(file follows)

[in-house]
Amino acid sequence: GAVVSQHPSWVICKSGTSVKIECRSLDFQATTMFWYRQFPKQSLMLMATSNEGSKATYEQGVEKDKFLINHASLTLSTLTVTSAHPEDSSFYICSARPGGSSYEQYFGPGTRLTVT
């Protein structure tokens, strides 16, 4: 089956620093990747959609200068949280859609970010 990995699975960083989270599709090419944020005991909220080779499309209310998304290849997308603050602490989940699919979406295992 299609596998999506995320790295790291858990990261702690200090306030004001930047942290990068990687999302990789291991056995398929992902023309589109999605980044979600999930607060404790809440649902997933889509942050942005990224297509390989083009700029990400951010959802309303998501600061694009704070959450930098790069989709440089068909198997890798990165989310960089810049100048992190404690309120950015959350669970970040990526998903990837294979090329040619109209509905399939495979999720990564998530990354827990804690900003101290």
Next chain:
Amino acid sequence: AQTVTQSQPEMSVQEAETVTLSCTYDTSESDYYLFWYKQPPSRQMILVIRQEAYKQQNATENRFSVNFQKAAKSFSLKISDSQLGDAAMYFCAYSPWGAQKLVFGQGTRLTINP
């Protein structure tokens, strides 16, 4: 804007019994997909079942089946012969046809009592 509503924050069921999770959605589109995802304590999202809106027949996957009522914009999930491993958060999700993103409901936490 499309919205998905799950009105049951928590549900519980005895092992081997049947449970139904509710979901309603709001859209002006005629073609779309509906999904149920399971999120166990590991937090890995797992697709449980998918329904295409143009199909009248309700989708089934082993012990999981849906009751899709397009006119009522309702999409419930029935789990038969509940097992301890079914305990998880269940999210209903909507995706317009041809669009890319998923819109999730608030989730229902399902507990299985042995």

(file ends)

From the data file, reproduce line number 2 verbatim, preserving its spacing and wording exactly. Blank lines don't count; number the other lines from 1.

Amino acid sequence: GAVVSQHPSWVICKSGTSVKIECRSLDFQATTMFWYRQFPKQSLMLMATSNEGSKATYEQGVEKDKFLINHASLTLSTLTVTSAHPEDSSFYICSARPGGSSYEQYFGPGTRLTVT